And you don't even have to keep your eyes peeled for the Sergeant-Major...
There is a great deal to be said for the square format in photography. Cameras that utilise it need not be tipped sideways when taking a photo - there is no point to it, or rather... all four points are equidistant. It has been a format for astronauts and aunties, with Rollei and Hasselblad championing it for years in sophisticated cameras and Kodak providing it in 126 cartridges for the mass market. Now Fujifilm has released a new camera in their Instax system with just such a shape.
Shape has a great deal to do with it - this new Instax Square SQ10 has much the same general outline as their other models, but contains a couple of real surprises: the square instant film that pops out into your hand, and the recording of a DIGITAL image at the same time for later use.
You hold it with two hands, turn it on with a forefinger, look at your scene on the screen, press right or left shutter button ( you can specify which one ), and then look at the result. It is totally intuitive as far as the ergonomics go, and the two-handed grip will give far better results than the mobile-phone poking that is currently in fashion.
You can elect to print out an instant picture straight away from one of the Instax cartridges, or just save the image into a micro Sd card and then print it out later. You can rush around gathering images without having to stop and reload the film, but you have the option to fire one out of the top at any time.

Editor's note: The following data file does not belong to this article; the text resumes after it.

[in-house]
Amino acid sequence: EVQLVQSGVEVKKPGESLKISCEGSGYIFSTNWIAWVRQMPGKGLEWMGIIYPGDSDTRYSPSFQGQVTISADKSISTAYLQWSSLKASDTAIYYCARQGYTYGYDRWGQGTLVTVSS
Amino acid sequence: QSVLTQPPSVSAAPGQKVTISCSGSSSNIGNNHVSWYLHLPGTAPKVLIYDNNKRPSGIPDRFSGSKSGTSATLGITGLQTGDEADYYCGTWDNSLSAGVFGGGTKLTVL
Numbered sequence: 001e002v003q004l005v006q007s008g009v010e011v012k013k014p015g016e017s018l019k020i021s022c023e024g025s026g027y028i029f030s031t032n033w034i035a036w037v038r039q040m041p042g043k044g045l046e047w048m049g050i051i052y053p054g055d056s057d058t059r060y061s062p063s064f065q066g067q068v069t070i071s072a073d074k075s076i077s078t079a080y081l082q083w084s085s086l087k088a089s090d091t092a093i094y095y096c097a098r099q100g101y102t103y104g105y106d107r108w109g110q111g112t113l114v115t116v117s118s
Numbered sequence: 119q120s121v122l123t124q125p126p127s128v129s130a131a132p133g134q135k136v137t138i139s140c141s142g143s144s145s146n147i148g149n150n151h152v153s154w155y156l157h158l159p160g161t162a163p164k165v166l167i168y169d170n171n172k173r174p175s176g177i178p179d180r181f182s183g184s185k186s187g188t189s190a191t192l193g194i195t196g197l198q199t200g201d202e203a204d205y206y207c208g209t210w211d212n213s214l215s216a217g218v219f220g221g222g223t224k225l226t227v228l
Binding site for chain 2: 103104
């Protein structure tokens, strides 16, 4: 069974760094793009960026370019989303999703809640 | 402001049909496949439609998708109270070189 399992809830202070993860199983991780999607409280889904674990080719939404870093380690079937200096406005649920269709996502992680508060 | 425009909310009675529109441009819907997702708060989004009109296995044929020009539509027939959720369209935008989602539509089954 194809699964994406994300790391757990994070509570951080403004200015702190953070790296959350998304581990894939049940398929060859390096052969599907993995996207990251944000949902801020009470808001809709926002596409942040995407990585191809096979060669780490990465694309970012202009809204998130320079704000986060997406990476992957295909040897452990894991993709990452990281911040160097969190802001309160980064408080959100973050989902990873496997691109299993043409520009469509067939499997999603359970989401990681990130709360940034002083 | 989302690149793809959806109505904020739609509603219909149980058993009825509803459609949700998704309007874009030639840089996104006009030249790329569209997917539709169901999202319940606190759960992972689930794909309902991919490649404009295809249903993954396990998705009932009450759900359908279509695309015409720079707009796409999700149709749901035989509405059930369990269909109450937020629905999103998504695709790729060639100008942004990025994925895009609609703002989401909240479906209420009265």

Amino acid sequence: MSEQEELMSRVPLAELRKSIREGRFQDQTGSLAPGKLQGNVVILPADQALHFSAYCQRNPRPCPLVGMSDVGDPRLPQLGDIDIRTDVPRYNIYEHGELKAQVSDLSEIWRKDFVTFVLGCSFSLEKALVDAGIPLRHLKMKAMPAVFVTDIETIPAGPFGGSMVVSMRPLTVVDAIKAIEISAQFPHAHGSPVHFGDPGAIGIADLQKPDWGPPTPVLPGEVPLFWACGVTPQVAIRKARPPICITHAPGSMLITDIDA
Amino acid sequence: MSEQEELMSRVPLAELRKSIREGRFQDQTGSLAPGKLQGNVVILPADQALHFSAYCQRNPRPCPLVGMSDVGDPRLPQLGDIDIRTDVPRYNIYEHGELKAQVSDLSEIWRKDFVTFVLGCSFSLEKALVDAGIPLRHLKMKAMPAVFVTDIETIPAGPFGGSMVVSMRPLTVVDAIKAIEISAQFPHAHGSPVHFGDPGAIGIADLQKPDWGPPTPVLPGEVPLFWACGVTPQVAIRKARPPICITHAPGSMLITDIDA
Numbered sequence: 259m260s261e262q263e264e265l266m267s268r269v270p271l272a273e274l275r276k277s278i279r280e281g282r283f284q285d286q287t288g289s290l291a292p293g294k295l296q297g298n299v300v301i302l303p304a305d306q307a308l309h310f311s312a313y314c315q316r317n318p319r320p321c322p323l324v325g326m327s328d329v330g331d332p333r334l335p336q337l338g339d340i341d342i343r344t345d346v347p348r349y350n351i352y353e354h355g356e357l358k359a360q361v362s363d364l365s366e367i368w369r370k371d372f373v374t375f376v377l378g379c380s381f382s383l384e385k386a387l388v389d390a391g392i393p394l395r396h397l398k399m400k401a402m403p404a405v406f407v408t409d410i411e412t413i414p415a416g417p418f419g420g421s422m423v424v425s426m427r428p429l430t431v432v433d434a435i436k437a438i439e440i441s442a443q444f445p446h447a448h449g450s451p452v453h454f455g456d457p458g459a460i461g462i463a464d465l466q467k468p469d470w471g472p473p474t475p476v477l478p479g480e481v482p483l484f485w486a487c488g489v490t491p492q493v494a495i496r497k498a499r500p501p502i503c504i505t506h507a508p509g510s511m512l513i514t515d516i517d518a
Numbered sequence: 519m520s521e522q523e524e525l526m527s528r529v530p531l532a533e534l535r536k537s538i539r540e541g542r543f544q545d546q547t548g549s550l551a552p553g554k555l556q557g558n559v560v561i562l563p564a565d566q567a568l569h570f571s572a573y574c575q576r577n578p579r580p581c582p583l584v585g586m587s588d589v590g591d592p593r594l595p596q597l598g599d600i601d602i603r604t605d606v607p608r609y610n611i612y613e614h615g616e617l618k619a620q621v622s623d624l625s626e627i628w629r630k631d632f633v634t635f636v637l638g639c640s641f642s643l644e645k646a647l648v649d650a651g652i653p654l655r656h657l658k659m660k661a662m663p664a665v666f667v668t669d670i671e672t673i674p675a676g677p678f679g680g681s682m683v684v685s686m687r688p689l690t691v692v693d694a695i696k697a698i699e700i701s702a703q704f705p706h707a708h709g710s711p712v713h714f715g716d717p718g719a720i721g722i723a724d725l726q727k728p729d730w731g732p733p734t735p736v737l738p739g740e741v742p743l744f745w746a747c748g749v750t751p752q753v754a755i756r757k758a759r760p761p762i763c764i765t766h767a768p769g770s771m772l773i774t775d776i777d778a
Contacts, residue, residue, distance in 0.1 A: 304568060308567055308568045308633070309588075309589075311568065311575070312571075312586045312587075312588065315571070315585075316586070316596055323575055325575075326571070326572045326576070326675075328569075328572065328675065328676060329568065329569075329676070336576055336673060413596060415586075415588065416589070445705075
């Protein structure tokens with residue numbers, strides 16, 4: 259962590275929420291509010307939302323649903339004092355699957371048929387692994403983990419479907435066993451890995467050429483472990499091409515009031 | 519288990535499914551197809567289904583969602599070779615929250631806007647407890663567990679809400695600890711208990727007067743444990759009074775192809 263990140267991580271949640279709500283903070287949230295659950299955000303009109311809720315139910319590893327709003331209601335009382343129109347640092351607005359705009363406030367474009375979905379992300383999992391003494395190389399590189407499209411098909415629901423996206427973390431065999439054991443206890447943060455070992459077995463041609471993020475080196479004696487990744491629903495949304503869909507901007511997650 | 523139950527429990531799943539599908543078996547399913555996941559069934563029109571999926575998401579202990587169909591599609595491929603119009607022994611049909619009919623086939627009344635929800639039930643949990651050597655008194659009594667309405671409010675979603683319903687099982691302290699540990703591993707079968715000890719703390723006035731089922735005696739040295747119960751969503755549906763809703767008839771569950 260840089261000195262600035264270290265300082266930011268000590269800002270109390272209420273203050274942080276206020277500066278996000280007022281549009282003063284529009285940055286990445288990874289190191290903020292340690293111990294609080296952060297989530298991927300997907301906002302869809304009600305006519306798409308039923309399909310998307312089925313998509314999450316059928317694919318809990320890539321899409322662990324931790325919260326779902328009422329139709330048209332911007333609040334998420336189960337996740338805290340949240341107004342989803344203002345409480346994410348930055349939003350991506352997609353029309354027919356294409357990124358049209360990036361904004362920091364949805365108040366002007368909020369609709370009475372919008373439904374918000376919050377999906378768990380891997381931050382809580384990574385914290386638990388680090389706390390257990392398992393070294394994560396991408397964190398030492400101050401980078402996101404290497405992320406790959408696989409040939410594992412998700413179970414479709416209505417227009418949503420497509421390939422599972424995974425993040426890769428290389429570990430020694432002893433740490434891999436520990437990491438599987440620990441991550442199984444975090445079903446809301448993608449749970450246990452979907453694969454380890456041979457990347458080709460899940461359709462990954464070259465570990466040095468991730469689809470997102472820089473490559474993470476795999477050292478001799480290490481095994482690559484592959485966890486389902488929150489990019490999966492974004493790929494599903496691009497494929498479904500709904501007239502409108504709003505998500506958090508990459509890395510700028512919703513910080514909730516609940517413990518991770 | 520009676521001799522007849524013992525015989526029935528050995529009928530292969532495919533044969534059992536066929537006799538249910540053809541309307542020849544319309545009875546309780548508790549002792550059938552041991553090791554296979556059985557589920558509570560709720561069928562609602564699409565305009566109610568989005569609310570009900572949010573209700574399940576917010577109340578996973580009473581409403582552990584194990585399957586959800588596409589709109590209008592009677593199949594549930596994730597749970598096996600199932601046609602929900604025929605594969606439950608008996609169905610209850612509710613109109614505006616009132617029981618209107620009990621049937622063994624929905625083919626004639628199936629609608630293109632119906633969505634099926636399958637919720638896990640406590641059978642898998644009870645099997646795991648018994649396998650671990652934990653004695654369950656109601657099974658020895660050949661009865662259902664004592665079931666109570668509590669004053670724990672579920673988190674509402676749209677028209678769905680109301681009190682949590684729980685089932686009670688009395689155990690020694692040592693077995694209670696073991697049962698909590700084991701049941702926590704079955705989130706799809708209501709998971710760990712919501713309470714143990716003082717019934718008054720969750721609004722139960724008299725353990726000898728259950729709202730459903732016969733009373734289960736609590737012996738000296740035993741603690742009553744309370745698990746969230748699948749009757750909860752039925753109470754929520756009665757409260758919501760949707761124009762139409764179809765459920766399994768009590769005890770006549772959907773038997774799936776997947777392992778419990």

The sensor is small - you'll be back at the 3.8-megapixel level - but this is more than enough for the Instax film.
There's an inbuilt flash that you can run on automatic or manual, there's 10 filters to modify the image, you can zoom in on the image before printing, and you have some basic mods like brightness and vignetting that can be done. The battery charges in the camera from a USB port, and the Micro SD can be emptied into external storage through a dedicated port. Even if you have no card, you can rack through 50 images on the internal memory.
This is a party machine extraordinaire but it also has a good deal of functionality as a basic tourist shooter with the added benefit of being able to give out greeting and promotional pictures on demand - you can pop a micro SD card
from another machine in there and print away. It is a very clever little round peg in a square box.
Does it work? Yes it does. I took a shot here at the editorial desk with the internal memory and then happily fiddled about with it for several minutes on the residual battery charge. I didn't want to crack the pack of Instax film to print it out, but I'll do that in the shop.
No wonder the Instax division returns such good profits to Fujifilm in Japan. They gave themselves permission to have some fun. Join 'em.